Last month, Oliva Wilde tweeted somewhat of a plea asking people to go see her film Booksmart. It’s her directorial debut and she admitted in the tweet that it was getting ‘creamed by the big dogs’ at the box office. “[We] need your support” she added.
Now that I’ve seen the film (not because of Olivia’s plea, I was always going to go see it, after the brilliant trailer) I’m devastated at the thought of Booksmart not doing well and not enough people seeing it, because it’s the closest thing to a perfect movie I’ve seen in a long long time.
I know that’s a big claim. But if you’re looking for a film full of wit, representation, heart and hilarity with women at the forefront, get yourself to the cinema.
Every now and again, my heart feels full when I see a film. It sounds dramatic, but it’s a feeling I get from a film that is uplifting, powerful and impactful. It doesn’t happen often. It happened at the start of Wonder Woman, because of the strong warrior women training but fizzled out as the movie became a little bit more predictable and more of a love story. With Booksmart though, there was no fizzle.
It follows Molly (Beanie Feldstein) and Amy (Kaitlyn Dever), two best friends who always considered themselves too smart, their education too important for them to have fun with the rest of their class. That is until Molly realises that you can be both someone highly intelligent who gets into a good college, and someone who parties. With just one night to go before graduation, the girls plan to cram in as much fun as they can in one night, this includes drinking, accidental drugs, dancing and maybe some romance.
Amy came out a few years ago, but has yet to have any sexual encounter with a girl – but does have her eye on someone. The LGBT representation is subtle, but not in a way that shies away from it so that only those looking for it can find. It’s more so in the way that it doesn’t define her, but is still very much part of who she is. This is something we need to see more of in big films. Not an LGBT film or a film with a stereotypical gay person, but an acknowledgement without making it the point of the story. The film does it brilliantly. It doesn’t shy away from same-sex love scenes either but embraces it as awkward and innocent as it would be for anyone’s the first time.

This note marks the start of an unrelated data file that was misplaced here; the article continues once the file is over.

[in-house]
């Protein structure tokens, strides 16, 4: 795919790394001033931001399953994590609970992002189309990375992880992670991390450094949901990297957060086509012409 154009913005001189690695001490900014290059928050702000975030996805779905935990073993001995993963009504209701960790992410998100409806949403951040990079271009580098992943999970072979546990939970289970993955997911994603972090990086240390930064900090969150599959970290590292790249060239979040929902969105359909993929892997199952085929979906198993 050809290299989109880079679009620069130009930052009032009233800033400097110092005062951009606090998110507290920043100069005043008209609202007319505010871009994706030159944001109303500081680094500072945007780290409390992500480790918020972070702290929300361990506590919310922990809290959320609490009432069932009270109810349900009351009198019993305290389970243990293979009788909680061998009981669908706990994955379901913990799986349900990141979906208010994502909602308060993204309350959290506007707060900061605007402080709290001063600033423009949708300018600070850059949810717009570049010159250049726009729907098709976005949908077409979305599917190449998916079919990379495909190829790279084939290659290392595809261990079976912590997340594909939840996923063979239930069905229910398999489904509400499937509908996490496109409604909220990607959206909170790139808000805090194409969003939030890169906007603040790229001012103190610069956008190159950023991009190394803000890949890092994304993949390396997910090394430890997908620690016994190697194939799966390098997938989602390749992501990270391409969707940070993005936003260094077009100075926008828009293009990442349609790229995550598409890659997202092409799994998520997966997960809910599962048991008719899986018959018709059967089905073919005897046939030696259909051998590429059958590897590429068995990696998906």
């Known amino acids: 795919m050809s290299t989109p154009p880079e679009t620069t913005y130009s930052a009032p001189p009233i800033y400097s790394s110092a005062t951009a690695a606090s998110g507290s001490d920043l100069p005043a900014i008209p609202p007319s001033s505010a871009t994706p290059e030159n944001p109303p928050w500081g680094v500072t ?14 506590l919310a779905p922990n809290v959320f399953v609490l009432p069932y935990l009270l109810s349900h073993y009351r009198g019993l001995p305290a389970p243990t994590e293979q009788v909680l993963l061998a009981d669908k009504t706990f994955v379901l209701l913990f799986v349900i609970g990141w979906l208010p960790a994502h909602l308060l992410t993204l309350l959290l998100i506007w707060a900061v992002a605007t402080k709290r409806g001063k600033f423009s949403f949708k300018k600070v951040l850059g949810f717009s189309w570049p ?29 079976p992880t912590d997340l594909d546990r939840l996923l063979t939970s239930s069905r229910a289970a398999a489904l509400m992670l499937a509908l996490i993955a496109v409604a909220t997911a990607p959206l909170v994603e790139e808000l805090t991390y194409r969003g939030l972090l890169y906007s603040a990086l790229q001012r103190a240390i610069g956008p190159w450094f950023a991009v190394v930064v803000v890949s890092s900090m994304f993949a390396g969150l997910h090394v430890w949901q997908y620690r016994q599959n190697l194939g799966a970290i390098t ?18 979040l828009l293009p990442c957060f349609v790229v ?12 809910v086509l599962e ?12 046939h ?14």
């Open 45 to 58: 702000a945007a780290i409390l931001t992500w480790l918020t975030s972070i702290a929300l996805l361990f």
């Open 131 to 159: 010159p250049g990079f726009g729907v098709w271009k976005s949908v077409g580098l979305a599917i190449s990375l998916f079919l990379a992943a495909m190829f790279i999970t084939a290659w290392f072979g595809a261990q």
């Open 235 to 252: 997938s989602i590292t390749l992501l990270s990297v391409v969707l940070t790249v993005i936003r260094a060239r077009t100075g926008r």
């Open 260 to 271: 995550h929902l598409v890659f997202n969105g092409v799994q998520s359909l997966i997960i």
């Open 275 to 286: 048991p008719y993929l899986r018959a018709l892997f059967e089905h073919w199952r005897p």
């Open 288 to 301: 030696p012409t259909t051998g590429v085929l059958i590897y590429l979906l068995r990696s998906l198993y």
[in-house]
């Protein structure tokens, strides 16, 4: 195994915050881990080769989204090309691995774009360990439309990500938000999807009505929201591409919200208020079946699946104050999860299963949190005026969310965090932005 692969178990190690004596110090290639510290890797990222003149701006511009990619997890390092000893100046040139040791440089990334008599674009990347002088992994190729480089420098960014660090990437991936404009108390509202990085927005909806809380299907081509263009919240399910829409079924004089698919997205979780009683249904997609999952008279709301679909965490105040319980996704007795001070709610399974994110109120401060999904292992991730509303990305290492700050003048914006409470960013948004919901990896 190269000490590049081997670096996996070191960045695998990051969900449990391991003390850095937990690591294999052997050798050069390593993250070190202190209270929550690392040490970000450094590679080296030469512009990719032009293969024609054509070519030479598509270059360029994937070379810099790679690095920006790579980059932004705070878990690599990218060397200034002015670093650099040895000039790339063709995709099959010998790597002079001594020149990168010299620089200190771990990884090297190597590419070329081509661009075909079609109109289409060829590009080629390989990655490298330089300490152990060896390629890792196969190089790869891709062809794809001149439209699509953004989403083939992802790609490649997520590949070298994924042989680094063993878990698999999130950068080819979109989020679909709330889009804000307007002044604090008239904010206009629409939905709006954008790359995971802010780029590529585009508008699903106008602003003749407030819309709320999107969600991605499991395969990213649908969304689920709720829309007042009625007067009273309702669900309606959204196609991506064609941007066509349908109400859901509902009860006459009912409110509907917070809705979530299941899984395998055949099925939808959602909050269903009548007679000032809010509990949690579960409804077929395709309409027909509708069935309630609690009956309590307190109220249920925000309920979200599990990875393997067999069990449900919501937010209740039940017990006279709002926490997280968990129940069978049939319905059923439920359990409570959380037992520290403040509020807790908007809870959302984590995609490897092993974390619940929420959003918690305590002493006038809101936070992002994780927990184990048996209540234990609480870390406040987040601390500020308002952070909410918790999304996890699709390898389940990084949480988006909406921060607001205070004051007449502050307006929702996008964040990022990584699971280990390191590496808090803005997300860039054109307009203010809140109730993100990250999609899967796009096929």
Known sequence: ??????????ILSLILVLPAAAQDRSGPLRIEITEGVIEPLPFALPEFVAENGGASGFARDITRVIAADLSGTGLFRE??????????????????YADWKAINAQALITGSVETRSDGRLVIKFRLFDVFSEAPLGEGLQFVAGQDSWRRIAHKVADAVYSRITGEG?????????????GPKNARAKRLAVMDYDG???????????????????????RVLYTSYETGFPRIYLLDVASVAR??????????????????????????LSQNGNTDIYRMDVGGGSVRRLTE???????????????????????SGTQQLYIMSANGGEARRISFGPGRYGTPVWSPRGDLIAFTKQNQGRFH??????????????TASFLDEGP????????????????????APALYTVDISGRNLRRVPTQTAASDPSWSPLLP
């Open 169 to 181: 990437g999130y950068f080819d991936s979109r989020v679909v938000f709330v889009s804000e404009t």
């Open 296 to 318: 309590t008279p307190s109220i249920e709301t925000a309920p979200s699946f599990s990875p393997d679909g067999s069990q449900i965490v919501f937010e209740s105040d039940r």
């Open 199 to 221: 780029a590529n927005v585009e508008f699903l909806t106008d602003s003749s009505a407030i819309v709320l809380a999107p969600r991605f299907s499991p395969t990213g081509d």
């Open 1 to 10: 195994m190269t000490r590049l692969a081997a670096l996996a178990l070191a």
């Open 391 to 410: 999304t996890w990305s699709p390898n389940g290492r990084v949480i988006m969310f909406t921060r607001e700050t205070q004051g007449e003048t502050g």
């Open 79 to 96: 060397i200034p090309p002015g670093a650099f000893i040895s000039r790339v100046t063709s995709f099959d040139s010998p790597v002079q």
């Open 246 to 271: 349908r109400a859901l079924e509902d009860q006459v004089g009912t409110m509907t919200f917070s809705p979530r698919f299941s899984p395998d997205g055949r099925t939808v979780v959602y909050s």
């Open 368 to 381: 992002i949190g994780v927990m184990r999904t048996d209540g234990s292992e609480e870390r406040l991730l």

The two leads in the film aren’t Amazonian supermodels who are somehow still in secondary school like we’ve seen in lots of other teen movies. But that’s not to say they aren’t stunning either, Beanie has huge brown eyes and a big smile while Kaitlyn has a cherub face and cool-girl vibes. They are beautiful in the sense that you could know them. They could be your friend, which something the film makes us feel a lot.
The supporting cast is a brilliant mix of cooky characters each with their own established looks and personalities, ensuring that no one fades into the background. From poor, overzealous Jared who just wants to be liked, to their Miss Fine who is simply a good teacher who misses her youth.
I remember growing up wondering why women were always slim, blonde and pretty with not many lines when men could look like anything and take the lead. I hope 8-year-olds don’t wonder that anymore, and it will be thanks to Olivia Wilde and the team behind Booksmart.
These women have lots to say about politics, feminism and life all while being hilarious. The comedic timing makes some of the lines what they are. Beanie is the sister of Superbad’s Jonah Hill, and she possesses the same talents for facial expressions and pausing just enough to make it even funnier. This movie, like Bridesmaids but better, shows us that women can be crude, sexual beings among all the other traits.
It’s been understandably compared to Superbad, it’s got the same sort of storyline about teens getting to the party but with more layers.
10 years after the Jonah Hill comedy, his sister gives us exactly what we need from a 2019 version of the film and then some. It’s got the same fun, silliness at times, but with so much more heart.
At its essence, it’s a coming of age film about best friends, with all the ups and downs that come with clinging to one person for all of your school years, and learning to adapt to what next year will be like.
It skips the done-to-death tropes while holding on to everything we love about a teen movie from crushes to awkward disaster incidents to heartbreak and emotion.
It’s progressive and inclusive, but not in a forced because-we-feel-like-we-have-to way, simply because it’s part of what makes a good movie.
When: In cinemas now, go see it!
Bring: Your best friend, the girl gang, your boyfriend – just maybe not your parents if you don’t love watching sex scenes with your parents…